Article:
Video Captures Epic Battle As 15 Orcas Take On A Humpback Whale

Video Captures Epic Battle As 15 Orcas Take On A Humpback Whale

Who will win the fight between the humpback whale and an orca? The humpback is significantly larger, the adults are about 10 meters taller than their panda-like cousins, but the orcas have remarkably split the tongue and / or animal parts of the sea and made a living for the great white sharks (punctures for their limbs are shared by these otters). Most of the time we don’t have a video to show the result, but the incident shows that a whale boat got more than bargaining in Australia when a four-hour humpback was attacked by two orcas pods on their boat.

Australia is no stranger to deadly animals though I hope most are not accustomed to seeing life or death battles with such a huge opponent. On top of that (not the subject, not the water) the humpback seemed to be on the rear with not one, but two goon-killing whales in the tail. Add to this, the male whale was only two to three years old and the vision looks even more deadly for this gentle filter feeder. “We knew we were witnessing something significant,” said Gamer Sharp, co-owner of Whale Watcher Australia, in the wake of the February 17 attack on the Sydney Morning Herald. “Orca was on full attack and the humpback was desperately trying to defend him.” the common items on the Orca menu include squid, giant squid, and baked whales that are easier to get off than giant humpbacks. Although Sharp saw evidence of orca attacks on humpbacks evidenced by scars on their skin, it was the first time they saw a direct attack. He and about 40 tourists watched the play 200 meters (656 feet) away and it soon became clear that the orcas were trying to drown the young woman by grabbing her dorsal fin and inverting it. However, the two pods did not yield as easily as a calf despite their ongoing attack, so they took more bites than chewing.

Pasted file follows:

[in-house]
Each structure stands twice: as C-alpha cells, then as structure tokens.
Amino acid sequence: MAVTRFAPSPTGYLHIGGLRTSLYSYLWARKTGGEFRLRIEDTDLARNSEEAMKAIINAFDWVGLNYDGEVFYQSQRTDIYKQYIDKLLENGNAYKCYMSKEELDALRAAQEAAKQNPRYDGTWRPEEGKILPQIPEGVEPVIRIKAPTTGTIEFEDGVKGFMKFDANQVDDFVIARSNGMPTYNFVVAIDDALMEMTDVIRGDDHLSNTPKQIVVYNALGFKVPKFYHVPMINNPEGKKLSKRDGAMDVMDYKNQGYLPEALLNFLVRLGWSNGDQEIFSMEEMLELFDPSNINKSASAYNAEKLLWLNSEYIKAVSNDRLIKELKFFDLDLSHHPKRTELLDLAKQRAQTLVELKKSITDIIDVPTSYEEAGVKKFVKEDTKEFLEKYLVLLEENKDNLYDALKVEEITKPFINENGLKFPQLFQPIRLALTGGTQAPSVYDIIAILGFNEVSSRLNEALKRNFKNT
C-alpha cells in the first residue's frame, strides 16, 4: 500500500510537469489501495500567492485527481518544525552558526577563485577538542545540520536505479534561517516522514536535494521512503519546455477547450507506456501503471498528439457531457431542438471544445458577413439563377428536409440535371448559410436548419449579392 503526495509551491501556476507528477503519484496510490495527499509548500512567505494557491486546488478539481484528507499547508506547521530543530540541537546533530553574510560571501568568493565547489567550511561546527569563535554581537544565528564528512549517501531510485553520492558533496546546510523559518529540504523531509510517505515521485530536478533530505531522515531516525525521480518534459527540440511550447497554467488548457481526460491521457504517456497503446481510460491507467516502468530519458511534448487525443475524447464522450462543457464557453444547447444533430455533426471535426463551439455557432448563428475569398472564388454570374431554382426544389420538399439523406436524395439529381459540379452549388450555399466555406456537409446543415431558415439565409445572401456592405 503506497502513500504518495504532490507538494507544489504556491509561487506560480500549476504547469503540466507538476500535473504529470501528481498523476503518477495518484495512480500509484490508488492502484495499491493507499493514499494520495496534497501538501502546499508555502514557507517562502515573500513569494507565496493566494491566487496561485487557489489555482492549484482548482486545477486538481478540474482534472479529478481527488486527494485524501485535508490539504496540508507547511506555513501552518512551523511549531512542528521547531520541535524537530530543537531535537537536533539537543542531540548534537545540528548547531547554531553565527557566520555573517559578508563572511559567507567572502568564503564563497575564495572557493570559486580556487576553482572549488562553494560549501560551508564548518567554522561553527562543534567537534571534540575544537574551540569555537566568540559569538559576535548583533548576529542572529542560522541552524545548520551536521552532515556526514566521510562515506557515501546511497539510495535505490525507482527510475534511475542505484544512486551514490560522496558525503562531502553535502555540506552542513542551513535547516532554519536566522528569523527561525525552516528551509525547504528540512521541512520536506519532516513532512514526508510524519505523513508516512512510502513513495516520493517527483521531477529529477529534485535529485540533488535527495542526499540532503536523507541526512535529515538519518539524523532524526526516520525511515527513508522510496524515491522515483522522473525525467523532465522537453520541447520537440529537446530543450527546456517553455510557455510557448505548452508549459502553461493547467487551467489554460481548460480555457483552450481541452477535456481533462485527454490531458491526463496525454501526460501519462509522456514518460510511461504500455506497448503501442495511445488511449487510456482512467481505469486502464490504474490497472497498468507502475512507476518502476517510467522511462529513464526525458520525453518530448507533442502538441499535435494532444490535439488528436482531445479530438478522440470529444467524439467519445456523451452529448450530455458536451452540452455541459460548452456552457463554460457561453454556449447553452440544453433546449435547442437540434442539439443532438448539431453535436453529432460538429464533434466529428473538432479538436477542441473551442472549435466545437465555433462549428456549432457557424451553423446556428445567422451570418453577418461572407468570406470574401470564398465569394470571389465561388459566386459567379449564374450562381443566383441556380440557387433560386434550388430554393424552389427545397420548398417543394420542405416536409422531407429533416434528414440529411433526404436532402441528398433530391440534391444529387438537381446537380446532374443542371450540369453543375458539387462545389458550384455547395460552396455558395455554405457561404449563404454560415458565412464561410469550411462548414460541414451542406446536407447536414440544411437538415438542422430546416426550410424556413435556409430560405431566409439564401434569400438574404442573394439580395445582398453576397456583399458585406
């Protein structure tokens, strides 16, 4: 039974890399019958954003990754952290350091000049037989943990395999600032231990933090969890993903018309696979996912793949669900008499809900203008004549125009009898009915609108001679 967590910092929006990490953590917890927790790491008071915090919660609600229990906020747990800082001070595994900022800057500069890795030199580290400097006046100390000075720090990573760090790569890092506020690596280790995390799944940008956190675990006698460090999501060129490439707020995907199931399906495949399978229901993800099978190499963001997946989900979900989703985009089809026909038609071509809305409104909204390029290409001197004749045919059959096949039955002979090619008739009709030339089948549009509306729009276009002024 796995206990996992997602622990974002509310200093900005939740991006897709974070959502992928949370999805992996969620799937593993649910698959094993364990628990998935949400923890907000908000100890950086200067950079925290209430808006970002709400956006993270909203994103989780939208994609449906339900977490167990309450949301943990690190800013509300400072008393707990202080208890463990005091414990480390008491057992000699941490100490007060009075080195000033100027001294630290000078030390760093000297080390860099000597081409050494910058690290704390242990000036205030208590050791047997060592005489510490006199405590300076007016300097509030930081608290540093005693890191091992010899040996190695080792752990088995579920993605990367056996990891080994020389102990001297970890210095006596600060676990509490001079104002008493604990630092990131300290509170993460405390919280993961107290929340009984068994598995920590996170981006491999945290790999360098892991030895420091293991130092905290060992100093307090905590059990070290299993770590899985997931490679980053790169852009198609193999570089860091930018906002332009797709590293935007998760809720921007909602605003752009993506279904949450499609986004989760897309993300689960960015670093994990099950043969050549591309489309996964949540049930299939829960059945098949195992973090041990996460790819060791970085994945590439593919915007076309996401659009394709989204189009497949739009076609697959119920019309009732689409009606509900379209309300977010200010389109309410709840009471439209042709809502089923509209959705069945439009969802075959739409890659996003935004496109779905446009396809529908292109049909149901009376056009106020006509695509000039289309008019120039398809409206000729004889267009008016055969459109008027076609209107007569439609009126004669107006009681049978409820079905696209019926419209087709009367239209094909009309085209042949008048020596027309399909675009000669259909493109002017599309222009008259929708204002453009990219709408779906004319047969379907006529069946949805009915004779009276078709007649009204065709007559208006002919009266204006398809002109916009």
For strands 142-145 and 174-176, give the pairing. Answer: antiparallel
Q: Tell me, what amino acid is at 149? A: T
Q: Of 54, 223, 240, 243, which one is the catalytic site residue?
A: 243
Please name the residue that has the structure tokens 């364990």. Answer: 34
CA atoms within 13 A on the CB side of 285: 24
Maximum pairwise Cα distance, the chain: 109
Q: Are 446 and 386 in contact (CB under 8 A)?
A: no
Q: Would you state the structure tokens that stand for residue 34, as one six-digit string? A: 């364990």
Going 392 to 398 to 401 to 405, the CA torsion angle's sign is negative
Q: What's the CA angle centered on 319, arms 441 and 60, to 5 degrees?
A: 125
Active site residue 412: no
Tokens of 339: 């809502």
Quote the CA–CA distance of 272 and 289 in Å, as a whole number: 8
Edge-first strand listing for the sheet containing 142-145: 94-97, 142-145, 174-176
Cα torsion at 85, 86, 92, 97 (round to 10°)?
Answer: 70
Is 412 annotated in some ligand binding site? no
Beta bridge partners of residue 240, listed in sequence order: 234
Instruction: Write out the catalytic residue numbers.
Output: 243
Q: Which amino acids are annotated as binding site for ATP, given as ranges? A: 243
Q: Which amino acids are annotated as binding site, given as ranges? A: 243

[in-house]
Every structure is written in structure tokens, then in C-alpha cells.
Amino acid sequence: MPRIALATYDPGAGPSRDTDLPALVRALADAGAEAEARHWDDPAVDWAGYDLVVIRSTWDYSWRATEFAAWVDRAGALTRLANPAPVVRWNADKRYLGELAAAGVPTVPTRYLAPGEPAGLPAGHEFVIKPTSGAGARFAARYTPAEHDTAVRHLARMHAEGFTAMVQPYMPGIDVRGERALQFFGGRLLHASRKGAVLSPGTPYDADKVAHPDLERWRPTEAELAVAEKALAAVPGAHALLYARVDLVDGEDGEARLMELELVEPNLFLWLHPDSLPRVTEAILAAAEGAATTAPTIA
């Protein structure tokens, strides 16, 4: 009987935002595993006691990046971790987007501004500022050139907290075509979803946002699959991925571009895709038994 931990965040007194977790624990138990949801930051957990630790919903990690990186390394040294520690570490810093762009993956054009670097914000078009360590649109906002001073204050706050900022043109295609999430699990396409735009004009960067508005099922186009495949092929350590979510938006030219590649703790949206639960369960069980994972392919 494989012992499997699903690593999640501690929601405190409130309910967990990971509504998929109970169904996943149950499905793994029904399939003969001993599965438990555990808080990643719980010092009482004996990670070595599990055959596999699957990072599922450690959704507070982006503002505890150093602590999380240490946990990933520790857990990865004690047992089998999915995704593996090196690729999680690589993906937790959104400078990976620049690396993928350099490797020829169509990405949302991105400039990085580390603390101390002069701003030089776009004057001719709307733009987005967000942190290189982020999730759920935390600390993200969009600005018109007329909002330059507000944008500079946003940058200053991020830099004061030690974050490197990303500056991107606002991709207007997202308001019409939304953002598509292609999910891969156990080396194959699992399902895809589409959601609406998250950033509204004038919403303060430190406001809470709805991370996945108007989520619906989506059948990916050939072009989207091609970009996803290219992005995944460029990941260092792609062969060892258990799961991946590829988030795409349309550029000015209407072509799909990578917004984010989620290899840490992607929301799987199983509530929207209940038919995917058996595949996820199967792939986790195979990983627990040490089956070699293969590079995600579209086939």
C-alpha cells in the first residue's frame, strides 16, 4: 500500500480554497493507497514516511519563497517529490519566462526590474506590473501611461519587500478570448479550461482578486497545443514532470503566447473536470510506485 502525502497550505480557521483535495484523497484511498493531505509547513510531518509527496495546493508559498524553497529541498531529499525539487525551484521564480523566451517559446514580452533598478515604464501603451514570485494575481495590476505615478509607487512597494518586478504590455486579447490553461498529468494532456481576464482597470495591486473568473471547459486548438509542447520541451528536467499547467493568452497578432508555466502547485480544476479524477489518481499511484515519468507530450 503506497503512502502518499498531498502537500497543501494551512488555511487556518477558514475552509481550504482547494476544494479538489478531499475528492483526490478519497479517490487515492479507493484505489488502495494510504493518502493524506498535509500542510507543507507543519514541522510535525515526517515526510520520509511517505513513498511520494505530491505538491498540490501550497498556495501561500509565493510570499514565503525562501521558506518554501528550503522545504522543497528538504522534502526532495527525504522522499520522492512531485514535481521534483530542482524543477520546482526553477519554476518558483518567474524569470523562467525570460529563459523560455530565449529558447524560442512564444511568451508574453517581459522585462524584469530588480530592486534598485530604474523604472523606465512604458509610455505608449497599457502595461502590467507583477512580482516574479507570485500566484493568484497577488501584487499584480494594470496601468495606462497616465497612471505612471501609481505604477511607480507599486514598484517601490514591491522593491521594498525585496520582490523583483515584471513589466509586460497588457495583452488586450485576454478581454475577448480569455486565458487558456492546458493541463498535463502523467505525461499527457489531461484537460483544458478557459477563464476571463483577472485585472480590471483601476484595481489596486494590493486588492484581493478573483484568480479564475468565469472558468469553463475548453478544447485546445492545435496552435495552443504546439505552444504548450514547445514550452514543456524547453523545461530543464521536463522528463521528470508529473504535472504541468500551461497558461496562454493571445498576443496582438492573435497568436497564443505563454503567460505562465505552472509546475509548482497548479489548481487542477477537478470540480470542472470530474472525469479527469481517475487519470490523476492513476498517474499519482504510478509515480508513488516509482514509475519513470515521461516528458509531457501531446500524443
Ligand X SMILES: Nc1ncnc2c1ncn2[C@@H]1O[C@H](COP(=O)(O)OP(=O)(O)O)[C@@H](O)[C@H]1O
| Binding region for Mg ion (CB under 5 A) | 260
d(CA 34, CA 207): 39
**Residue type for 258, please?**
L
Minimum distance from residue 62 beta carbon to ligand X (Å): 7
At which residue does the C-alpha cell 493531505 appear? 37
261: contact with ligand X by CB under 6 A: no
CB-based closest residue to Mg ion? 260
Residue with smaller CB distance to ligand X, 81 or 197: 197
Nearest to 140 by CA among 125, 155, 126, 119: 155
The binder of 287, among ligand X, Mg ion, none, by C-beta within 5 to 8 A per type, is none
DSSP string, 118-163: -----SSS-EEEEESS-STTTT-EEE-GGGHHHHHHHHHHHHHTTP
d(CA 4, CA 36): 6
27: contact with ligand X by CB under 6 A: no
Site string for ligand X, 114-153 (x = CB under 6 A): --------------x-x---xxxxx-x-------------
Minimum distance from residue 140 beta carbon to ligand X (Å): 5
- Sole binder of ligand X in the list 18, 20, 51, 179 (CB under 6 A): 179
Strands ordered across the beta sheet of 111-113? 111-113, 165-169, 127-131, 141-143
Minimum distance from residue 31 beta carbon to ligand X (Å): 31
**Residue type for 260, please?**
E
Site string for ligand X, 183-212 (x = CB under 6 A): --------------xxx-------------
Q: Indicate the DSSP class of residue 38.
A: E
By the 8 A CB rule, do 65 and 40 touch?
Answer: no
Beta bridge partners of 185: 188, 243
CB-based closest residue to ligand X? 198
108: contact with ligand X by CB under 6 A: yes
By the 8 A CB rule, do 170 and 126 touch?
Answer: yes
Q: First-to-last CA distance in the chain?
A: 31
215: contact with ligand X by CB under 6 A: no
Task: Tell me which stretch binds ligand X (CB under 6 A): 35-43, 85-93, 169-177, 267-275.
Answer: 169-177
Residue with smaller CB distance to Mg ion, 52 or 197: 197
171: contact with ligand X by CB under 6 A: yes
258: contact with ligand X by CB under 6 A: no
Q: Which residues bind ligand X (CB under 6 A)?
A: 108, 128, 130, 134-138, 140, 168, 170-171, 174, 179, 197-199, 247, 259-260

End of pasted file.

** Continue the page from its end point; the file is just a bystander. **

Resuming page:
In this, kind of situation humpbacks known as a prayer of refuge as a way to protect oneself from an attack and sure enough, these humpbacks force the oil supervisors to force themselves against the boat to move away from the orcas. It hid next to the boat for about an hour and the noise and resulting blood loss soon drew a questioning pod to look like 50 pilot whales and a bull shark (probably expecting some scrap).

One pod left the other – a group of six waited for humpbacks to move away from the boat. Forty minutes later, after holding his breath, the humpbacks paused for him, but the escape was met with El Notcho, a 9-ton man from the family of six, who complained to the humpback about trying to break his jaw. When the whale seemed completely obsolete by the headbutt, it became clear to Sharp that the orcas was finally leading as the leader called the team with a few tail slaps and the pods swam away. Our winner survived to see one more day, but a huge price paid for it. “They took his [dorsal] fins, but his tail flukes and pectoral fins were all right, which is important. If they let the blood breathe, it was always a real concern but there was nothing in it, “Sharp said.” At one point, we did not think he would make it, but he proved his resilience.”